“The privilege of being able to go to a library and find a book that has a character on the cover that looks like you. A book that has a story that is about you or as simple as watching a commercial and finding a product to shampoo your hair. To learn about that from watching TV, which is not an experience that I have. I have to take other measures to find out about different products for my hair, as a black woman. I don’t have the privilege of just watching network TV and just seeing a commercial that is talking about people like me, who have hair like me.”
–Sonja Cherry-Paul: Dismantling Racism in Education
I’ve had a lot to think about lately, but I’ll focus on this week’s topic. The readings have been primarily about where diversity fits in higher education and how to navigate the inevitable minefield that is created when a diverse group of people come together to figure out what it means for them and their institution. However, my intuitive response to the readings and the word “diversity” is a visceral, gut-wrenching realization–a reminder, really–of my difference, my Otherness. Being a young woman of color in higher education is both an incredible opportunity to effect change from within and a daily dose of prejudice from all sides: because I am young, female, and nonwhite, I contend with three different forms of bias at a minimum. Because of my background, I had to grow up quickly to grasp the implications of my embodied experience (e.g., a nonwhite, female body moving through primarily white, male spaces) and every possible snap judgement that could be made about me as a result. For as long as I have been able to read the news, I have understood that being who I am actively works against my safety, my bodily autonomy, my freedom, and my peace of mind, all of which are basic human rights that are by no means guaranteed to me.
But that’s what happens when bias is at its worst. In my everyday life, bias is more subtle than potentially fatal police encounters and gender-based violence. Whenever I think of how stereotypes have affected me in my daily life, I can’t help but remember the first installment of Harry Potter and the Deathly Hallows, in which Hermione is shocked–SHOCKED!–that Ron is capable of stepping up to the plate to do something brilliant, like saving the life of Nymphadora Tonks (one of the best characters in the entire series, if I say so myself). It happens less often now that I’m older and have the look of someone who spends more time in the library than anywhere else, but it still happens: I’m in a place that People Like Me™ don’t stereotypically go or I’m dong something that “we don’t do” or that’s “for [insert literally any other demographic here] people” (and I’m usually the Only One there anyway, which always raises a few eyebrows), and someone feels the need to comment on it.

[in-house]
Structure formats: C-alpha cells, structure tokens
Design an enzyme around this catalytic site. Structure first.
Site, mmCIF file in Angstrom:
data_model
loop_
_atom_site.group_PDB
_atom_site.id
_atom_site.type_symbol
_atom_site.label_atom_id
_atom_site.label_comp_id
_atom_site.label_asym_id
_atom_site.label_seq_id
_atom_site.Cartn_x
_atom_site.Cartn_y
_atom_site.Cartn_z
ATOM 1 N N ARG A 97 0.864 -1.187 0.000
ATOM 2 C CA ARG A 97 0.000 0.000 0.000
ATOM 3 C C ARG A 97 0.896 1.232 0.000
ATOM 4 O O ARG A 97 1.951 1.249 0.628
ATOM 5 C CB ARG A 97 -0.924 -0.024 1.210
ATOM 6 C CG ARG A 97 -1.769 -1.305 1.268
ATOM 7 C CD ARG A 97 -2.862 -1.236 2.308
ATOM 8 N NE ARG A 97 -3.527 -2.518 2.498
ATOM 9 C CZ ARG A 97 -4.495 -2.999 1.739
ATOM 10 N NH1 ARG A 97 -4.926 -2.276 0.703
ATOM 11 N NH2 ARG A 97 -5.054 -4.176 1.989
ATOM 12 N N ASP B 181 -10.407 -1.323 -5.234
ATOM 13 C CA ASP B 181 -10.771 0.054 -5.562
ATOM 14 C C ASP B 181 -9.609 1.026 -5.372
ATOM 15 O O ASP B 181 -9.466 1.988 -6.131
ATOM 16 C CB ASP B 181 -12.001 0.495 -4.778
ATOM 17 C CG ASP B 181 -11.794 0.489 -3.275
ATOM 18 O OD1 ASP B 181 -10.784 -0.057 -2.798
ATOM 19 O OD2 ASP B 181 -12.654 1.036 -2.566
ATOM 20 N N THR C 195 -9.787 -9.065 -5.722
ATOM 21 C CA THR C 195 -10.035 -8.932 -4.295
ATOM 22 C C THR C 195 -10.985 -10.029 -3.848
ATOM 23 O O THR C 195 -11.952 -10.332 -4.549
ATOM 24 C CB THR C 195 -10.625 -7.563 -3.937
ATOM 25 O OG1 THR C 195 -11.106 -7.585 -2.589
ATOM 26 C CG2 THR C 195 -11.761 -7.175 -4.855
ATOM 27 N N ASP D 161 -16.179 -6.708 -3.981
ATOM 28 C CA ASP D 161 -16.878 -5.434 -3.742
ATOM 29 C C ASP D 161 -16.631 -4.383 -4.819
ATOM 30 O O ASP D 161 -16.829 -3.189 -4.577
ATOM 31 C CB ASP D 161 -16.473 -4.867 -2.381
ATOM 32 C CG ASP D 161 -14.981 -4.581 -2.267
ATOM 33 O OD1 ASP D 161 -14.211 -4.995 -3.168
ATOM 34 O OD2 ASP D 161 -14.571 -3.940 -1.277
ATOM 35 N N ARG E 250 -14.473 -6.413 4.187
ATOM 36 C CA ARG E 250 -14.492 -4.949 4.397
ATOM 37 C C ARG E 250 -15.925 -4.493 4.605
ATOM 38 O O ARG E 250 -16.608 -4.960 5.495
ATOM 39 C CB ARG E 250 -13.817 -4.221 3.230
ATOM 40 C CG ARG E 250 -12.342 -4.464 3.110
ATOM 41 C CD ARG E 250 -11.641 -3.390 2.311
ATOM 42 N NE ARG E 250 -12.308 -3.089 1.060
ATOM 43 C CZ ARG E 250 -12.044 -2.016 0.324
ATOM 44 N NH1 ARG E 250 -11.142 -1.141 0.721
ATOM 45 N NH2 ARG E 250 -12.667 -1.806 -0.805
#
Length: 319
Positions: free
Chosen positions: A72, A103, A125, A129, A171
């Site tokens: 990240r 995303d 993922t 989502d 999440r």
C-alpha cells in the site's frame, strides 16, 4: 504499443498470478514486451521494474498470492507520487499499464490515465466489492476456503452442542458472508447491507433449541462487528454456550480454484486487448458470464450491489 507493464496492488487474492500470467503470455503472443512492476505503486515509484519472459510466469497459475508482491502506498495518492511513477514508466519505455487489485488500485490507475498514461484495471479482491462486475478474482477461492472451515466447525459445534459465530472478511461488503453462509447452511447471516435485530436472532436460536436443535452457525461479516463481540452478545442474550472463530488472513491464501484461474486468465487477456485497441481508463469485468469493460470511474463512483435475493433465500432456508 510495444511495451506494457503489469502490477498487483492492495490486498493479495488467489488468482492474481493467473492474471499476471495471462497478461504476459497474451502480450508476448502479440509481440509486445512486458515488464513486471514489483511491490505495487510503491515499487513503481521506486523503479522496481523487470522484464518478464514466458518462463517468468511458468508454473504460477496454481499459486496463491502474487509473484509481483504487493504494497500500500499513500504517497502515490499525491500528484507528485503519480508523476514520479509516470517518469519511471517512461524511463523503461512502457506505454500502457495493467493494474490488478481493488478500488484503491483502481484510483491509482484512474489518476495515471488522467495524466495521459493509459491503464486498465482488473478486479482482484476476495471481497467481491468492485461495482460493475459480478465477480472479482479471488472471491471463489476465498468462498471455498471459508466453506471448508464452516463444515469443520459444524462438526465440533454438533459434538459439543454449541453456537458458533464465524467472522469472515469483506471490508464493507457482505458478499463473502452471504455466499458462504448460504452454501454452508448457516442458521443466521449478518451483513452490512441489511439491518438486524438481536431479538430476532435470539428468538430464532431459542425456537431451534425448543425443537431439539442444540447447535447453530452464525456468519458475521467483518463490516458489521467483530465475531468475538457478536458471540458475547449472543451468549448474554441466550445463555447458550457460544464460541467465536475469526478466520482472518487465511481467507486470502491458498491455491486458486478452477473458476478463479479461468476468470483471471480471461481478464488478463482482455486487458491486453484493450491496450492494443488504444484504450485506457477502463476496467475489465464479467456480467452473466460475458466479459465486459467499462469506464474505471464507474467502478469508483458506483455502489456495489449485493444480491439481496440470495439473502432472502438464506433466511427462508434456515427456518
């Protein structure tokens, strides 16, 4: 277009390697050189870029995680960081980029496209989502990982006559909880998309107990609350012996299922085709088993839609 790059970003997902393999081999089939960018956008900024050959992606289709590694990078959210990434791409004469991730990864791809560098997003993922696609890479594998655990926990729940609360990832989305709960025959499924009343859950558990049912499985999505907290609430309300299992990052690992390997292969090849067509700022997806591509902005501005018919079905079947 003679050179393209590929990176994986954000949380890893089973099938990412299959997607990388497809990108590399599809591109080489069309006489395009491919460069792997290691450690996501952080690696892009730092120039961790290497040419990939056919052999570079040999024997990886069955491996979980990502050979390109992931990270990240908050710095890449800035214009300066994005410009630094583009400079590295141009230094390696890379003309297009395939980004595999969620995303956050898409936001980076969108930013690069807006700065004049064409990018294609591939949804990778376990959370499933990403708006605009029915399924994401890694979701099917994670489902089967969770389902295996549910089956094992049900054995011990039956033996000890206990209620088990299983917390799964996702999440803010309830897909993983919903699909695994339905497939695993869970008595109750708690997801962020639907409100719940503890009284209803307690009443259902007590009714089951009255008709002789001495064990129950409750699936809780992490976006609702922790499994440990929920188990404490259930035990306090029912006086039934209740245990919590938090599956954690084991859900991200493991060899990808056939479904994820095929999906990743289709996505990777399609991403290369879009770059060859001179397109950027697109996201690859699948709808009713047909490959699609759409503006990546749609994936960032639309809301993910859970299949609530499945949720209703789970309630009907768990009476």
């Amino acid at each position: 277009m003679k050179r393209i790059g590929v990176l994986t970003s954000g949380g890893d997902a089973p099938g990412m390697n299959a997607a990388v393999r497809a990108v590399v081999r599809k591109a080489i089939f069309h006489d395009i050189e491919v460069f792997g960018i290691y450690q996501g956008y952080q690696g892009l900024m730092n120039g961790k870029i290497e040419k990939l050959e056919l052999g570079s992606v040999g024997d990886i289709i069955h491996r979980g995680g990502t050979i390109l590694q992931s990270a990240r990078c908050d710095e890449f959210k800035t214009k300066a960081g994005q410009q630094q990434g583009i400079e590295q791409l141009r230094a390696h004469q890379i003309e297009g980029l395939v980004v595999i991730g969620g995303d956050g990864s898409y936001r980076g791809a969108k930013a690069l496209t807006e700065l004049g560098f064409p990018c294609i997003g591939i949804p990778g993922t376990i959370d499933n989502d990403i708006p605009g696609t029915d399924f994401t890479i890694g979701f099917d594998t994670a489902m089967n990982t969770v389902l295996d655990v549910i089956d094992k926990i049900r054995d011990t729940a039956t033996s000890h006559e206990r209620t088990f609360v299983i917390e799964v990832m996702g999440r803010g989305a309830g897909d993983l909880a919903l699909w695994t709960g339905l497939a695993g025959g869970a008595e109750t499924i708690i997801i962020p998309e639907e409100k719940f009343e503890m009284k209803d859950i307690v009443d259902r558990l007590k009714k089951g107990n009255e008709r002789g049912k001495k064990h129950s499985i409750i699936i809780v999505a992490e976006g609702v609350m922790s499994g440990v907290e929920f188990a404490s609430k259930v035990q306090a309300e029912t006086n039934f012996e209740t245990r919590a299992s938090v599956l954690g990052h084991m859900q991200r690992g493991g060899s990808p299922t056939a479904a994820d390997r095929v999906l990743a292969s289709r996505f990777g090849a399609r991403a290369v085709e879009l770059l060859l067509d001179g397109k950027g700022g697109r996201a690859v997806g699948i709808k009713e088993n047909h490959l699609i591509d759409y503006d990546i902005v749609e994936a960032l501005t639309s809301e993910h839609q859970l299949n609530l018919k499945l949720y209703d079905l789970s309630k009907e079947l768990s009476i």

Having read the articles on Difficult Discussions and what to do if a subject gets “too hot” for one or more parties in the class, I have real concerns about what could happen in such a scenario, precisely because of my background and the potential for things to become…hairy. I have real concerns about how to navigate a tricky subject that may be “too hot” for me. I have real concerns full stop.
To look at these conversations as hard conversations is one thing, but to look at these conversations that are going to solidify friendships, to look at these conversations that are going to strengthen professional bonds, to look at these conversations and say these are conversations that are going to sharpen my abilities to teach kids, I think that’s the win.
–Cornelius Minor: Dismantling Racism in Education